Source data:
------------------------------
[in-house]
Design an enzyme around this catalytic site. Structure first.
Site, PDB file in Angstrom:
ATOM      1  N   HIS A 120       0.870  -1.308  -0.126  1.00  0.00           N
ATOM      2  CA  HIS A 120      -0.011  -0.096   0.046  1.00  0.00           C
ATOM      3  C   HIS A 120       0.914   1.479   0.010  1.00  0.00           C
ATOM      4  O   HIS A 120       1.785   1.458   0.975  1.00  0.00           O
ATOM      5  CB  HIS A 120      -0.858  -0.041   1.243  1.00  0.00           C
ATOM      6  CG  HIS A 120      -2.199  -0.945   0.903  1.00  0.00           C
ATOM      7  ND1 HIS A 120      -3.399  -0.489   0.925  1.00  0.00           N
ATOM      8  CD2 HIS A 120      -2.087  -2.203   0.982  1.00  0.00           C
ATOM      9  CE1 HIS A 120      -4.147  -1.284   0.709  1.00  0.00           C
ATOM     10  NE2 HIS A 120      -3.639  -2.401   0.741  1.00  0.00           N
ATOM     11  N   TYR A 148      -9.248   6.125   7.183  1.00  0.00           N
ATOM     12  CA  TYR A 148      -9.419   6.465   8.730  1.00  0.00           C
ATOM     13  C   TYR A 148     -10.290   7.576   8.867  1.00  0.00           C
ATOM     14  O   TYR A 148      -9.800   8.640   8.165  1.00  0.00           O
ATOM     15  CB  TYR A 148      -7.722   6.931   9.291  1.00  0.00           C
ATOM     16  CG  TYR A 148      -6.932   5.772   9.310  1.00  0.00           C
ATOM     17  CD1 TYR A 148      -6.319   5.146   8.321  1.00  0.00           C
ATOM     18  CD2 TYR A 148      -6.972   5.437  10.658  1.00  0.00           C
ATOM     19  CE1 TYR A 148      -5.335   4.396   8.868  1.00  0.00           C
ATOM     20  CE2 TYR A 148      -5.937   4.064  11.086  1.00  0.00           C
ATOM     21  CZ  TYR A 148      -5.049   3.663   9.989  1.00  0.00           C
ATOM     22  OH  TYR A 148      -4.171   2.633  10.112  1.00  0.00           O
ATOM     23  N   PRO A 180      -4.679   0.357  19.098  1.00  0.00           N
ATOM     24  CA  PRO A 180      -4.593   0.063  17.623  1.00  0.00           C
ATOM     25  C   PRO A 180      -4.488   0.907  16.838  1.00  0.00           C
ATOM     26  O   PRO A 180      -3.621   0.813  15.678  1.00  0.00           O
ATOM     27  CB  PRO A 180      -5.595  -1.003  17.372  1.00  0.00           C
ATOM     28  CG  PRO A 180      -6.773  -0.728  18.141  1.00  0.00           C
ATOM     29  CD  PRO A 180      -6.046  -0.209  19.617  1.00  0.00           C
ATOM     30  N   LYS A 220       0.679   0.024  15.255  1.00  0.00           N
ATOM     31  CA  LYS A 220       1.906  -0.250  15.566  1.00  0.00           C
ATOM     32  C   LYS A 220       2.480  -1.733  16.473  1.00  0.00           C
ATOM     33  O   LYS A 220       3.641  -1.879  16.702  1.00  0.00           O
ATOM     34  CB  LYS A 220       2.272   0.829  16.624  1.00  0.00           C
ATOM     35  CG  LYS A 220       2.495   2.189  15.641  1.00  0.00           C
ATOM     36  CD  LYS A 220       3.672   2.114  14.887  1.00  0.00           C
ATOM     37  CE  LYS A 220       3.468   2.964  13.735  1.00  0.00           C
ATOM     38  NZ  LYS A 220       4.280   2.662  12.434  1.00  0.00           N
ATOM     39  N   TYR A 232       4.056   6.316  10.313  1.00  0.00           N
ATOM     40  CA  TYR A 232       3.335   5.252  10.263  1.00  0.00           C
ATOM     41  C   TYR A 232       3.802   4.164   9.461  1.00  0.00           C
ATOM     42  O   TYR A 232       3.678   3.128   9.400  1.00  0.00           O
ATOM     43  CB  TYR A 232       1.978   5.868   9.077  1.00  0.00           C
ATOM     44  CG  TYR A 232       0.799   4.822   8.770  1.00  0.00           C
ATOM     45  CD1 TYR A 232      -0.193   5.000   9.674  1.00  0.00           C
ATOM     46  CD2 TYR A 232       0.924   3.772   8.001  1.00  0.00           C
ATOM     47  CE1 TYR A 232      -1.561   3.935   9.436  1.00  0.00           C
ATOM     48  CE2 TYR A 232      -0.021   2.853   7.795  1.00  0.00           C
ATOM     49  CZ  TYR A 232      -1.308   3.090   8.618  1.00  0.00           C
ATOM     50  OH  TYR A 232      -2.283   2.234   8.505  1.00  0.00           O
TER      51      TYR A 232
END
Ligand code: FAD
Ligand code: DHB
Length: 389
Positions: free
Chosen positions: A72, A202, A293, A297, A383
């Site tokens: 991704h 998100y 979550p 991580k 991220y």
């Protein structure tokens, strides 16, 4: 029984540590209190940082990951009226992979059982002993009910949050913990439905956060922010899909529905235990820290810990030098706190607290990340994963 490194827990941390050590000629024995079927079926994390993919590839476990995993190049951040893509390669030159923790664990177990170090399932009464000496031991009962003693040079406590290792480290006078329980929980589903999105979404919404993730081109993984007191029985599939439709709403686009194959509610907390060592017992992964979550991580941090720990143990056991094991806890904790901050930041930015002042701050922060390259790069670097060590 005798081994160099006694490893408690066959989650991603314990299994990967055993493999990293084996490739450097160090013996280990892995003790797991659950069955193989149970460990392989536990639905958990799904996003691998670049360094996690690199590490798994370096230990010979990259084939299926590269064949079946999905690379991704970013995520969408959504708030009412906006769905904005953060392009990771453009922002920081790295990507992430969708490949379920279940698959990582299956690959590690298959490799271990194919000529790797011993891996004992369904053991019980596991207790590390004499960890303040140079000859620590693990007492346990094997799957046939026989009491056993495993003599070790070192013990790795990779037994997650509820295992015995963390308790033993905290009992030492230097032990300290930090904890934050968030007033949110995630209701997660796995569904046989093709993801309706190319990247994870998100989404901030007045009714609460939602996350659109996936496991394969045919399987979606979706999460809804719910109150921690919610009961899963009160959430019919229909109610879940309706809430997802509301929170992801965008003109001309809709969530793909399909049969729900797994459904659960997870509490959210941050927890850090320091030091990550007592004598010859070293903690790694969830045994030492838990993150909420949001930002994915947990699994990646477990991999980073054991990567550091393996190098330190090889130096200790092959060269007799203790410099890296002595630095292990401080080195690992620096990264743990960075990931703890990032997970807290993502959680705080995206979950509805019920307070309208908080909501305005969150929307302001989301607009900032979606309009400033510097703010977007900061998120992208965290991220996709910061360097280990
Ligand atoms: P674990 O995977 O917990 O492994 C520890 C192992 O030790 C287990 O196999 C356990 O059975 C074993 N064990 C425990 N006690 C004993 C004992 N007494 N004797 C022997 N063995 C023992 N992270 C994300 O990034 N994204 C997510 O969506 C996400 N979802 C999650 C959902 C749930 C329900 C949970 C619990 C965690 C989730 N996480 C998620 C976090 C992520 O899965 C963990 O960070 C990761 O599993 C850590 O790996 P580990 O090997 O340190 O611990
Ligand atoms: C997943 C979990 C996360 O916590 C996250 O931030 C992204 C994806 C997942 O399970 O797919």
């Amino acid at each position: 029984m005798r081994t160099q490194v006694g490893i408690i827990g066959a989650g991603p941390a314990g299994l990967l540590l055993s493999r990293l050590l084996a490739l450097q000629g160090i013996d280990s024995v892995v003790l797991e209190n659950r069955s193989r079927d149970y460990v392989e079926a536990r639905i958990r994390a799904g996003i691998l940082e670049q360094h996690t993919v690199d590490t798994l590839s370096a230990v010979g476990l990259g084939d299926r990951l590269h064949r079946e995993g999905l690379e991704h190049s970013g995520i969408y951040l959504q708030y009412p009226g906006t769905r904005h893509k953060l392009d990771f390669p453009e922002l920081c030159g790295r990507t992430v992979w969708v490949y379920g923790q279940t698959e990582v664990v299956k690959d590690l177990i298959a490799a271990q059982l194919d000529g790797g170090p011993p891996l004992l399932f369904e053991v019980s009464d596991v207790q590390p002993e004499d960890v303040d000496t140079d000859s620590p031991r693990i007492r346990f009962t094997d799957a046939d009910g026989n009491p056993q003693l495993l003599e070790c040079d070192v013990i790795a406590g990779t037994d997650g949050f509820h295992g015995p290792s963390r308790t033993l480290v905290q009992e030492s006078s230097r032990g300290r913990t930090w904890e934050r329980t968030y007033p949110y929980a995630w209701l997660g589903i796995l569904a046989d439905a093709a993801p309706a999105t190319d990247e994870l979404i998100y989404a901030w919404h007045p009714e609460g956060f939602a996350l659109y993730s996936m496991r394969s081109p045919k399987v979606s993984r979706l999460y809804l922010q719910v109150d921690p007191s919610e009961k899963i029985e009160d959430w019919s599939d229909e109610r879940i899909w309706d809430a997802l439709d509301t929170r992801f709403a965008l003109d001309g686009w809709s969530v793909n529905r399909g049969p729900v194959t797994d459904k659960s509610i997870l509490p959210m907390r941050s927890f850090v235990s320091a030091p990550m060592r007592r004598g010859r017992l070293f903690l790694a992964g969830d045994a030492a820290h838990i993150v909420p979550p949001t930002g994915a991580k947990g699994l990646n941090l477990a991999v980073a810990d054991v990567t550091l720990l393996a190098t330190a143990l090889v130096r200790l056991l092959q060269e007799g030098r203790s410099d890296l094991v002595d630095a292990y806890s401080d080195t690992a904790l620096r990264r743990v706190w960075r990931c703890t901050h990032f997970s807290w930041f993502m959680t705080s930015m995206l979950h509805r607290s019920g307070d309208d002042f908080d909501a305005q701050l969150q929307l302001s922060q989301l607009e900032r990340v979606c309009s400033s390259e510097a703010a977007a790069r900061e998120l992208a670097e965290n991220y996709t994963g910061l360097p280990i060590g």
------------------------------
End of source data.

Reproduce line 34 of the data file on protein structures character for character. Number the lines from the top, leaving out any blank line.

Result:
ATOM     31  CA  LYS A 220       1.906  -0.250  15.566  1.00  0.00           C